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Aerobic catalytic systems inspired by copper amine oxidases

Martine Largeron ORCID logo

Abstract

The goal of sustainable development has been accepted as a common policy in current society. In response to this challenge, the development of green processes which utilize environmentally benign oxidants, reduce chemical waste and handling costs, is highly desirable. Given the widespread importance of imines as pivotal synthetic intermediates and essential pharmacophores in numerous biologically active compounds, various catalytic methods allowing the aerobic oxidation of amines to imines have been developed. Recently, noticeable progress has arisen from the discovery of various quinone-based catalytic systems, inspired by copper amine oxidase enzymes (CuAOs), which are able to reproduce the selectivity of CuAOs for primary amines and even to expand the amine substrates scope. However, the need for synthesizing these catalysts prior use adversely affects the economics as well as the eco-friendly nature of the method. To surpass these drawbacks, the “second-order” biomimicry idea has been recently advanced to describe a system in which in situ modification of pre-catalyst components affords the active biomimetic catalyst. This minireview especially covers our recent contribution to the design of bioinspired quinone-based catalysts for the aerobic oxidation of amines to imines which has culminated in a dual bioinspired protocol as an example of “second-order” biomimicry.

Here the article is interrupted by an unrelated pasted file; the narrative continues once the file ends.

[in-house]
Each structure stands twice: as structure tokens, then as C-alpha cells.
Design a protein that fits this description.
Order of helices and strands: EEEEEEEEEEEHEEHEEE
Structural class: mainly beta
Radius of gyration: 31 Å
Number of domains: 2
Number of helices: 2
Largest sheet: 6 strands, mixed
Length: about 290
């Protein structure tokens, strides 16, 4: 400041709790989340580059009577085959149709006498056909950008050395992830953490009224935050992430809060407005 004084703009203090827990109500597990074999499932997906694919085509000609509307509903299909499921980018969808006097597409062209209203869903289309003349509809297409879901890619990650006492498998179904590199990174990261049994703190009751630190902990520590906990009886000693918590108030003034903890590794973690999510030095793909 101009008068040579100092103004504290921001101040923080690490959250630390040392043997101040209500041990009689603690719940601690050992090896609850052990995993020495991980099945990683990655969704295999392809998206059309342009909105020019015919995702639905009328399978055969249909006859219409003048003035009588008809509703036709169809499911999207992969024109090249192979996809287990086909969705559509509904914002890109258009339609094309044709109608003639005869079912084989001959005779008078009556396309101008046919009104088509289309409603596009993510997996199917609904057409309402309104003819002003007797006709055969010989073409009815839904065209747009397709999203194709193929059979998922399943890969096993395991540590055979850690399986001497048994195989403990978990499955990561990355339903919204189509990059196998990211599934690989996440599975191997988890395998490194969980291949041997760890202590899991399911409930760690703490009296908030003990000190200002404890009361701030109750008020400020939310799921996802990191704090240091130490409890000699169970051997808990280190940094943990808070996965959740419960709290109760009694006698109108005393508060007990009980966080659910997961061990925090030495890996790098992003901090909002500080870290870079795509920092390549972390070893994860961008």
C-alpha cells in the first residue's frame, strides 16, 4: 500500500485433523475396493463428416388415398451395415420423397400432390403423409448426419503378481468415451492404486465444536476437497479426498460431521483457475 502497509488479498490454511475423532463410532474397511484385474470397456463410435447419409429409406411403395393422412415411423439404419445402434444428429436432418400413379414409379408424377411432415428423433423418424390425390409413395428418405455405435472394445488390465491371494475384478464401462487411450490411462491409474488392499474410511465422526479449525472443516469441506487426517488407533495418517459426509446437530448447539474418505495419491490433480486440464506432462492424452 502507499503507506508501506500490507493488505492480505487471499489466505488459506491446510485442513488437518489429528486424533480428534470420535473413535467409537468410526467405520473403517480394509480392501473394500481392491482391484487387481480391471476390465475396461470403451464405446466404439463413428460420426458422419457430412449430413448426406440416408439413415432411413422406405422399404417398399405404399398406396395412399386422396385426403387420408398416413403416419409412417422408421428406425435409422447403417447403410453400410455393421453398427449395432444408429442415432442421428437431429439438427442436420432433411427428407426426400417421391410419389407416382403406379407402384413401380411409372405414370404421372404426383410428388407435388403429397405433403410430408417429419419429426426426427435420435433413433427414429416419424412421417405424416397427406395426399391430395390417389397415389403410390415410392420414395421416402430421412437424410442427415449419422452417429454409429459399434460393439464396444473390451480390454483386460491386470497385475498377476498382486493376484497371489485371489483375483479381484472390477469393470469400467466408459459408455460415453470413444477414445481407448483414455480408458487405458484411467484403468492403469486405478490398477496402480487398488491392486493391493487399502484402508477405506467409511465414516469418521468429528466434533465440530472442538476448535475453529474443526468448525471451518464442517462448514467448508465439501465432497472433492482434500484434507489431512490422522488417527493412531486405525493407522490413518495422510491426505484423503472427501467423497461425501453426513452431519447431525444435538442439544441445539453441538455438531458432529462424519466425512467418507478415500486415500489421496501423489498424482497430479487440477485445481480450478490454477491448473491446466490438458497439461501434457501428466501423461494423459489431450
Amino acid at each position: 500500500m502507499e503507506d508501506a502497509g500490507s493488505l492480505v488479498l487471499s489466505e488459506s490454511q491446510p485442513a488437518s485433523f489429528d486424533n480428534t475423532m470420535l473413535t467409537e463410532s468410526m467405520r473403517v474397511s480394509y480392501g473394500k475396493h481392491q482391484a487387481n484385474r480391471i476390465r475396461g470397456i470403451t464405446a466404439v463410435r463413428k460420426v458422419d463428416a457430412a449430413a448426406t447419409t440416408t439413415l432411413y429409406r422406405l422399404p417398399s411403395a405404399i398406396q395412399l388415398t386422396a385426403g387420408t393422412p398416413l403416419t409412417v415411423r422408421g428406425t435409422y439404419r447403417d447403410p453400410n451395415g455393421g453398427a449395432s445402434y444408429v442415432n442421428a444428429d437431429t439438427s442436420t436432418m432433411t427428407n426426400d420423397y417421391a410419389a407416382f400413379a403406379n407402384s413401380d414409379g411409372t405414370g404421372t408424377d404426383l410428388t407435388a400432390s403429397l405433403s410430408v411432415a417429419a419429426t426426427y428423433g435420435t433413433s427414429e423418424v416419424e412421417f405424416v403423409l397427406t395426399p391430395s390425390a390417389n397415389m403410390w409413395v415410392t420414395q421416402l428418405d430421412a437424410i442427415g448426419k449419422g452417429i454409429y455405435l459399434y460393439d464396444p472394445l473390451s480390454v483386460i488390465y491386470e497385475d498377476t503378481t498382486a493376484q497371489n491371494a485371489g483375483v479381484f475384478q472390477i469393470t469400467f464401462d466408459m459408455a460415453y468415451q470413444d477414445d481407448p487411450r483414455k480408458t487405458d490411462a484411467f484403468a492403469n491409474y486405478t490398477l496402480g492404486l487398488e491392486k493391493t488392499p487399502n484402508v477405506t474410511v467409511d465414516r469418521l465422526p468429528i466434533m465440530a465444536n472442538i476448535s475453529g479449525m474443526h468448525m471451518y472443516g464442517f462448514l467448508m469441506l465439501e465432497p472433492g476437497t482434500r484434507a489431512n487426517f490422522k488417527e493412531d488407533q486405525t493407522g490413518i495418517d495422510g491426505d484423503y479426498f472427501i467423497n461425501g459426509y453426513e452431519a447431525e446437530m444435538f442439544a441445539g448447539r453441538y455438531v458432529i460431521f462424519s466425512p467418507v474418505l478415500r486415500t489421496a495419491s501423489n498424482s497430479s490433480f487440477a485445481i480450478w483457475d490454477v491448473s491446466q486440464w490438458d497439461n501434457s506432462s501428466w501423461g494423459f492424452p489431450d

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Published Online: 2019-03-23
Published in Print: 2020-02-25

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